Although he is the son of a professional basketball player, Tony Parker was initially more interested in soccer. But the career of Michael Jordan changed his mind. In 2001 Parker was drafted very late in the first round by the San Antonio Spurs. Fifteen seasons later, Parker has helped the Spurs to four NBA titles. As a second year player he was the starting point guard on the team led by David Robinson and Tim Duncan that defeated the New Jersey Nets at the end of the 2002-03 season in the first NBA Finals featuring two former ABA teams. When the Spurs won again two years later Robinson had retired and Parker was part of an emerging “Big Three” along with Duncan and Manu Ginobili.

In the 2007 Finals San Antonio swept the Cleveland Cavaliers and LeBron James. In that series Parker dominated, averaging 24.5 points per game while shooting 58.6% from the field and a remarkable 57.1% from three-point range. For his efforts he was named the series MVP. Seven years later Parker and his equally ageless teammates won again, defeating James now in a Miami Heat uniform; as Parker, Duncan and Ginobili set an NBA record for most playoff wins by three players playing together.

Yannick Noah and Amélie Mauresmo heard the cheers of two different generations of tennis fans. Noah won 23 singles titles and 16 doubles crowns during a playing career that began in 1977. He was ranked as high as third in the world in singles, and attained the number one ranking as a doubles player in 1986. His greatest accomplishment came on the clay at the French Open in 1983. Noah swept through the tournament, dropping just a single set over the two weeks of play, eventually dispatching defending champion Mats Wilander of Sweden 6-2, 7-5, 7-6 in the final.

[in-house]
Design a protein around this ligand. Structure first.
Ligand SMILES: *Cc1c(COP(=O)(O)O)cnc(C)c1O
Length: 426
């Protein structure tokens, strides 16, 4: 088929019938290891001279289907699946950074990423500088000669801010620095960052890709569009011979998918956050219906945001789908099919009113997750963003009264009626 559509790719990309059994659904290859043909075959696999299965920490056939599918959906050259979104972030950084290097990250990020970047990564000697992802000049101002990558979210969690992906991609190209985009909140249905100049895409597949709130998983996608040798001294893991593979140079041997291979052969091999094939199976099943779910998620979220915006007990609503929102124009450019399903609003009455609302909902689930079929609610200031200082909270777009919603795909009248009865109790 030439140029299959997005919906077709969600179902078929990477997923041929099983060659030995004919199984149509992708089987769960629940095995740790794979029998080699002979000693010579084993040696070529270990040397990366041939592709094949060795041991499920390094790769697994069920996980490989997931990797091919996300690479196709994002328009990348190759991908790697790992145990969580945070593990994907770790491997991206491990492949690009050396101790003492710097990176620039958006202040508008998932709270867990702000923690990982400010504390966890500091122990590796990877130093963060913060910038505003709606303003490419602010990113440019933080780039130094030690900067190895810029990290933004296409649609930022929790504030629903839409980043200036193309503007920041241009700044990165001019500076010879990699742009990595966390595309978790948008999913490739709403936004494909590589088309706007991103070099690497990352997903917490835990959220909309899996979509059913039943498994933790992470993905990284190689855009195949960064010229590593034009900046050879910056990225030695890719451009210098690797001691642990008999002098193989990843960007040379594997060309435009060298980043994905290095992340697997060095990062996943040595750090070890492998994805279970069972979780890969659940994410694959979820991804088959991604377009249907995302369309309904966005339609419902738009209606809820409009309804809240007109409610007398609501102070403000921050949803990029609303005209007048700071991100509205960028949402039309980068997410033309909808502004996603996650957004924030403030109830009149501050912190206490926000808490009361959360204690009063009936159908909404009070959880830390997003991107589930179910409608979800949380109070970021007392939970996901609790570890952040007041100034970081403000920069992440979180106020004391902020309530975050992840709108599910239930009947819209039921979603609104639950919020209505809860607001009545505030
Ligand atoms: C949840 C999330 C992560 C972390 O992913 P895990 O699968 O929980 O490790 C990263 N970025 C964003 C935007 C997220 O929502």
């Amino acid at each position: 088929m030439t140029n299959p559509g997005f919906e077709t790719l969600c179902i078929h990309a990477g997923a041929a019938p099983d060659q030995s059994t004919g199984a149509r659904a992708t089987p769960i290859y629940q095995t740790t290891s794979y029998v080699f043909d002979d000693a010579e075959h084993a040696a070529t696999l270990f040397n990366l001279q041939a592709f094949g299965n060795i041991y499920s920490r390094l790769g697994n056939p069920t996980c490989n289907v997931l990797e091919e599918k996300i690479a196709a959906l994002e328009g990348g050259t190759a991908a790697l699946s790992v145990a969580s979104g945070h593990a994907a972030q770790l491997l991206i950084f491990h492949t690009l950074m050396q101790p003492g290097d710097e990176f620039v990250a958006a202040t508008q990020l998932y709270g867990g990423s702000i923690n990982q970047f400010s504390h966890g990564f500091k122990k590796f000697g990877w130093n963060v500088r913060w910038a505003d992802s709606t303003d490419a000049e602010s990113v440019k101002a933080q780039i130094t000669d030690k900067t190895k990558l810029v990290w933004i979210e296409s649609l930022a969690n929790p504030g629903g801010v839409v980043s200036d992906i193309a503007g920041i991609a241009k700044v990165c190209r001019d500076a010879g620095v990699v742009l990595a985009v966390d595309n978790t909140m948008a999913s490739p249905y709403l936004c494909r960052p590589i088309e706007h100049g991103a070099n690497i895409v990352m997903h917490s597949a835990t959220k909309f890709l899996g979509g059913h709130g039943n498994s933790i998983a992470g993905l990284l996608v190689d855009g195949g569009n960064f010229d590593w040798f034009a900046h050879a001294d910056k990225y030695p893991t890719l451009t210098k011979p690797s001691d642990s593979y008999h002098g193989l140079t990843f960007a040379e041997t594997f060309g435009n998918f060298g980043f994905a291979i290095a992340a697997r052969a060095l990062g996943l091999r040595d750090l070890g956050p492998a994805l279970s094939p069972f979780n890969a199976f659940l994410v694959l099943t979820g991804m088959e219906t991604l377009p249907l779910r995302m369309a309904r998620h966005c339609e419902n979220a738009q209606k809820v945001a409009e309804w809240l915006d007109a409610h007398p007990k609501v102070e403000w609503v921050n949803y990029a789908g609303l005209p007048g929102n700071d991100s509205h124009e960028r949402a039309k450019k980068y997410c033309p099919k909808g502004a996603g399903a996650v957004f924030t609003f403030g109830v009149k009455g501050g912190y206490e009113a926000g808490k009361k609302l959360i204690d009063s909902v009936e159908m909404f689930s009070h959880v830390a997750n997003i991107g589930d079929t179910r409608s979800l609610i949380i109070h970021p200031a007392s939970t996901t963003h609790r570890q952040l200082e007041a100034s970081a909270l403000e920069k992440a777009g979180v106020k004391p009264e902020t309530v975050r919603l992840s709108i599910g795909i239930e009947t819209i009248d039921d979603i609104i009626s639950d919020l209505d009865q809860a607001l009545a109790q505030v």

Mauresmo’s career began in 1993 when she was just 14 years old, even as Noah’s was winding down. She won 25 career titles and more than 70% of her singles matches, while ascending to number one in the world in 2004. In 2006 she won a pair of Grand Slam titles. First she claimed the Australian Open in late January, then she triumphed on the grass at Wimbledon that summer. Since their retirements as players both Noah and Mauresmo have found success as coaches.